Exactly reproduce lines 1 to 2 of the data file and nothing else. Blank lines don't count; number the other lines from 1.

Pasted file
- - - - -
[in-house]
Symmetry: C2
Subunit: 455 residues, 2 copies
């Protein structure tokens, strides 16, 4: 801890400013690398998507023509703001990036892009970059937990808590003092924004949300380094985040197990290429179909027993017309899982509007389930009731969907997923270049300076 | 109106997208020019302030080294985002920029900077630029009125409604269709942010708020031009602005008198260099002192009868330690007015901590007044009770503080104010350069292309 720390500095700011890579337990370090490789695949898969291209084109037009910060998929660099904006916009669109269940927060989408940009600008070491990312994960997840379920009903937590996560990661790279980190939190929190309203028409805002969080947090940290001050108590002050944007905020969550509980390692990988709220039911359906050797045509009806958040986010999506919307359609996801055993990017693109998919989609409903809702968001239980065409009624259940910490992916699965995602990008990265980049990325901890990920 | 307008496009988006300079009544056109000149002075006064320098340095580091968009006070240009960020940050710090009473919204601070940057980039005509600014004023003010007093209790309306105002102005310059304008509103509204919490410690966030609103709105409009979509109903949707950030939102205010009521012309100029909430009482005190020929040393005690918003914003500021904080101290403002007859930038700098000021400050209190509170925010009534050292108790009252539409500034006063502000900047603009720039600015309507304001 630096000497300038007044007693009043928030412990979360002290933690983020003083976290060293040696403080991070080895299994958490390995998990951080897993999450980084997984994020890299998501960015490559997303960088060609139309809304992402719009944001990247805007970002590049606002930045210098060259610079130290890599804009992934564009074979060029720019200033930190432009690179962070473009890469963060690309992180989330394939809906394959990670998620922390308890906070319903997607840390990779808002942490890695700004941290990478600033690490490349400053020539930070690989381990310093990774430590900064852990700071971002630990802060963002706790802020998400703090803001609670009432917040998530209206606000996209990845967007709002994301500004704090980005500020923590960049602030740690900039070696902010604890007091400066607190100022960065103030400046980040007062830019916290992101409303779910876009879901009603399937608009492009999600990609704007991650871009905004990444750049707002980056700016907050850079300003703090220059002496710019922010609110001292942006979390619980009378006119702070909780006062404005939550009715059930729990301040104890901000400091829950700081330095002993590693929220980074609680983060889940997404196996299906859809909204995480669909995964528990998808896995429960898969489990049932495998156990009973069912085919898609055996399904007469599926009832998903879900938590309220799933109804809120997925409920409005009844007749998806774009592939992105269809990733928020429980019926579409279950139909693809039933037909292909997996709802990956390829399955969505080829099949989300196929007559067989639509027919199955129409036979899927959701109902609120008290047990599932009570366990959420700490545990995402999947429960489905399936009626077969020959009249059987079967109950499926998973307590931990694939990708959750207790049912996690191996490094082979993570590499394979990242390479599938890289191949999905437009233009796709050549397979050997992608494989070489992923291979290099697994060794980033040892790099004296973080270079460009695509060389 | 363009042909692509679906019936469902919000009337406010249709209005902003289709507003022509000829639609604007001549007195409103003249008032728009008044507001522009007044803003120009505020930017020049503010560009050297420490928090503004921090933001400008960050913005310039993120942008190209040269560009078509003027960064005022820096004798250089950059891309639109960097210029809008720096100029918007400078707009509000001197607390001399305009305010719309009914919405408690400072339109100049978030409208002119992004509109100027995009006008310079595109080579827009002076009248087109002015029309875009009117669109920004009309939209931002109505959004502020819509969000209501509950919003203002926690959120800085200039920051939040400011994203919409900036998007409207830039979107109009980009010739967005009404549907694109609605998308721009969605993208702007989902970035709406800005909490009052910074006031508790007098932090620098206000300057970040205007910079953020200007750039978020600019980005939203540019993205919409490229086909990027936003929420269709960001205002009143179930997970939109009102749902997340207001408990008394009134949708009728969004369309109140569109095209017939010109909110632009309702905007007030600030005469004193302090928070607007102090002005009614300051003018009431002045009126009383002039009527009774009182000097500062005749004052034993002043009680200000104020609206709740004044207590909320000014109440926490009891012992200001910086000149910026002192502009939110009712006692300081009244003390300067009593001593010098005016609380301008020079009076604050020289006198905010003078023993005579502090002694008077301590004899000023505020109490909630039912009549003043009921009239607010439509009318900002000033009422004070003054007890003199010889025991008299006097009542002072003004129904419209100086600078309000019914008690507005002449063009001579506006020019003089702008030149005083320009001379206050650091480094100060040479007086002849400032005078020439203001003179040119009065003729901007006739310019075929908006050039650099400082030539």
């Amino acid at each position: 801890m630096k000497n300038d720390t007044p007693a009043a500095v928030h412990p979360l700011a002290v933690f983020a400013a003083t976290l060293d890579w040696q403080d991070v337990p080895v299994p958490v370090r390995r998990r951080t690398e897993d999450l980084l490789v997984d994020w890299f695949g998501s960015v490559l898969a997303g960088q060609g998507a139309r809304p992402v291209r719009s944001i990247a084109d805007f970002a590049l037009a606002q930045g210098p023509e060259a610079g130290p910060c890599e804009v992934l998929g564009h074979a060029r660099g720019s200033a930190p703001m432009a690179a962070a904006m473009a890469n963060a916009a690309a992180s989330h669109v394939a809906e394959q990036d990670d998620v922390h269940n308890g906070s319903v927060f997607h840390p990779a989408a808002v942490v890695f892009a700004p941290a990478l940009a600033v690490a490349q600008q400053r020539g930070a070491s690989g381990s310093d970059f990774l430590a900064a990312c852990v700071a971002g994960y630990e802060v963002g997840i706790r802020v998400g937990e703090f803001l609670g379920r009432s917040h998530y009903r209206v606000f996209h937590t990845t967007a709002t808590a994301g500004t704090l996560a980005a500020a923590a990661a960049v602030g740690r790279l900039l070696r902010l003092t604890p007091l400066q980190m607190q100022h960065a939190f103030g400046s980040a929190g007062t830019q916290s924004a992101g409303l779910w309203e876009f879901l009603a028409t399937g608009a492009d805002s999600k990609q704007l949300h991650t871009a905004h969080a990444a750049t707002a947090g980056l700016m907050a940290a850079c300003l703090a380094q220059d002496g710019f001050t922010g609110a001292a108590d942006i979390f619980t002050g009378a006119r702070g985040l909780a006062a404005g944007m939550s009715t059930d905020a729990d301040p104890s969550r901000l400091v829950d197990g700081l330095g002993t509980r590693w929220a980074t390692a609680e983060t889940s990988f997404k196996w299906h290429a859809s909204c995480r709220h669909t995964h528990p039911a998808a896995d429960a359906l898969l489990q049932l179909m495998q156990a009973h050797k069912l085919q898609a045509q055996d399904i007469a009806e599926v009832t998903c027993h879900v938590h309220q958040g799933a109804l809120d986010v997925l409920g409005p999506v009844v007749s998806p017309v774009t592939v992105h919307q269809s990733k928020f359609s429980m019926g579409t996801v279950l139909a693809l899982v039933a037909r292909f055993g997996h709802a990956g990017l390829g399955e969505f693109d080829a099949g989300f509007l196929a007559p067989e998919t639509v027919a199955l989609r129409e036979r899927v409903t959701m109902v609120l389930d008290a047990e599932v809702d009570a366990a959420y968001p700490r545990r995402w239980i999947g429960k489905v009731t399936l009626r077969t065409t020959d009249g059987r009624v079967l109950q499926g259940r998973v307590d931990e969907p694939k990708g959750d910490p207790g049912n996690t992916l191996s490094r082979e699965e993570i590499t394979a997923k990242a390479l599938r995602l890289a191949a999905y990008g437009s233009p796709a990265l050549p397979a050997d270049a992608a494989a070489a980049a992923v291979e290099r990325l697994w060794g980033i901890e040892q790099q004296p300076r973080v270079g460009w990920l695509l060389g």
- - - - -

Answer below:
[in-house]
Symmetry: C2